The History dissertation is a free-standing, 40-credit module that runs across both semesters of Level Three. Candidates conduct research upon a subject of their choice, devised in consultation with a member of staff teaching for the degrees in History, and concerning a topic that falls within staff research and teaching interests.

  • HIH3355 The Crucible of Defeat: Wessex in the Ninth and Tenth Centuries 1

    During the ninth century Viking armies wrought havoc across Northern Europe; raiding, pillaging and seeking new land with which to pay off their mercenary war bands. England was taken, as one commentator put it, in to 'The crucible of defeat'. Only one of the English kingdoms ¿ Wessex ¿ managed to hold out against this near relentless onslaught and as the tenth century dawned, it was to find itself the dominant force in the British Isles. Whilst this module will explore the narrative sources for this remarkable turnaround in fortunes, its primary aim will be to set one of English history¿s most popular stories in its proper academic context. Themes that will be studied in depth in this module will be the broader cultural assimilation across the medieval west, the rise of literacy, the emergence of complex societies and state formation, governance, civil defense and developments in urbanism and the economy of northern Europe. This module will provoke critical readings of traditional narrative sources, provide a broad chronological understanding of England in the ninth and tenth centuries and encourage the full interdisciplinary study of this formative period in our island¿s history.

  • HIH3356 The Crucible of Defeat: Wessex in the Ninth and Tenth Centuries 2

    During the ninth century Viking armies wrought havoc across Northern Europe; raiding, pillaging and seeking new land with which to pay off their mercenary war bands. England was taken, as one commentator put it, in to 'The crucible of defeat'. Only one of the English kingdoms ¿ Wessex ¿ managed to hold out against this near relentless onslaught and as the tenth century dawned, it was to find itself the dominant force in the British Isles. Whilst this module will explore the narrative sources for this remarkable turnaround in fortunes, its primary aim will be to set one of English history¿s most popular stories in its proper academic context. Themes that will be studied in depth in this module will be the broader cultural assimilation across the medieval west, the rise of literacy, the emergence of complex societies and state formation, governance, civil defense and developments in urbanism and the economy of northern Europe. This module will provoke critical readings of traditional narrative sources, provide a broad chronological understanding of England in the ninth and tenth centuries and encourage the full interdisciplinary study of this formative period in our island¿s history.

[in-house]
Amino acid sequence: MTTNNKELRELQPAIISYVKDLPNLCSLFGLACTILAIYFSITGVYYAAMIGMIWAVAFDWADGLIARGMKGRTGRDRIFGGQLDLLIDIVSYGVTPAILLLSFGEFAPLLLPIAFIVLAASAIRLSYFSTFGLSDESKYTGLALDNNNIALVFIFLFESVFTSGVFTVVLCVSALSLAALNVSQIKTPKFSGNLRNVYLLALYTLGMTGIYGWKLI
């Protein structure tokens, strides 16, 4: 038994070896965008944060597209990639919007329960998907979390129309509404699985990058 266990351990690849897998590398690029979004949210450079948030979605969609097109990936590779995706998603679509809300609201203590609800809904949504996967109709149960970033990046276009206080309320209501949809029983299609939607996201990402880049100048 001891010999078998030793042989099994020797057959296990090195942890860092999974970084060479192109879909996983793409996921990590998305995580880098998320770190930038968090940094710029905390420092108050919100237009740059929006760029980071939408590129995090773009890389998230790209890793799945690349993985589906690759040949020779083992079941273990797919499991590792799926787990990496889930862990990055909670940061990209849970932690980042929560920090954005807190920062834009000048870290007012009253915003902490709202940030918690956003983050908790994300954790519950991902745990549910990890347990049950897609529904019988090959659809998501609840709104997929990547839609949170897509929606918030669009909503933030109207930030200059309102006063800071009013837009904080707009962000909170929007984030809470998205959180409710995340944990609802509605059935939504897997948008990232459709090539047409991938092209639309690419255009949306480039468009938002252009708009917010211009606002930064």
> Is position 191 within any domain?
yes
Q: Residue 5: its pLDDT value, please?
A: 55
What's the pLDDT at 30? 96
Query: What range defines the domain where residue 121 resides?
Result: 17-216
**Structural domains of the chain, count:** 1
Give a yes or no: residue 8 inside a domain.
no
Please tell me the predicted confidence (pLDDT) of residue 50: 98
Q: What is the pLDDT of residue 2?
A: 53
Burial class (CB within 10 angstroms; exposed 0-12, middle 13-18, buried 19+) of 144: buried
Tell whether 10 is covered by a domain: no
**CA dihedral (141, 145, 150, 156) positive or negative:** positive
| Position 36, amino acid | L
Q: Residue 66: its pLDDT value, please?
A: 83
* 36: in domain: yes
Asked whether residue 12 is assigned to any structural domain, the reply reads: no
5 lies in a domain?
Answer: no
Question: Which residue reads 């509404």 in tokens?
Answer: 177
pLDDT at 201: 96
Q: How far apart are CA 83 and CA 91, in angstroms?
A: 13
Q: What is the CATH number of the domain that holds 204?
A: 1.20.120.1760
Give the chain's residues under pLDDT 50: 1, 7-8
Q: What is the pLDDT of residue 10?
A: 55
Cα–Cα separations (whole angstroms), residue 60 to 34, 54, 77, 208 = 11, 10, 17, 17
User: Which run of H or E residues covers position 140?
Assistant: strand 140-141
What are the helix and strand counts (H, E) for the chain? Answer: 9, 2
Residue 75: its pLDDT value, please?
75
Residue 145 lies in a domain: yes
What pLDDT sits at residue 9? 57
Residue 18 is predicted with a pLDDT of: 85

• HIH3357 Mapping Medieval Landscapes

    In the understanding of medieval societies there is an increasing emphasis on the study of their social and economic landscapes. From the development of towns and patterns of land-use, to the locations of battles and other major historical events recorded in annals or charters, analysing data in a spatial context ¿ the act of `mapping¿ ¿ and relating it to other environmental and cultural information has the capacity to yield new understandings about the periods and places we study. From simple location and distribution maps, to more complex renderings of temporality and space, this module will provide students with a firm grounding in the techniques of digital mapping, cartography and spatial analysis and will allow for the exploration of a particular landscape during a period of your choice in a level of unprecedented depth and detail. The module will invite you to critique the process of mapping and to think about the validity of mapped data whilst at the same time giving you an invaluable insight into how a rich variety of contextual data can be integrated with historic evidence and presented in mapped form.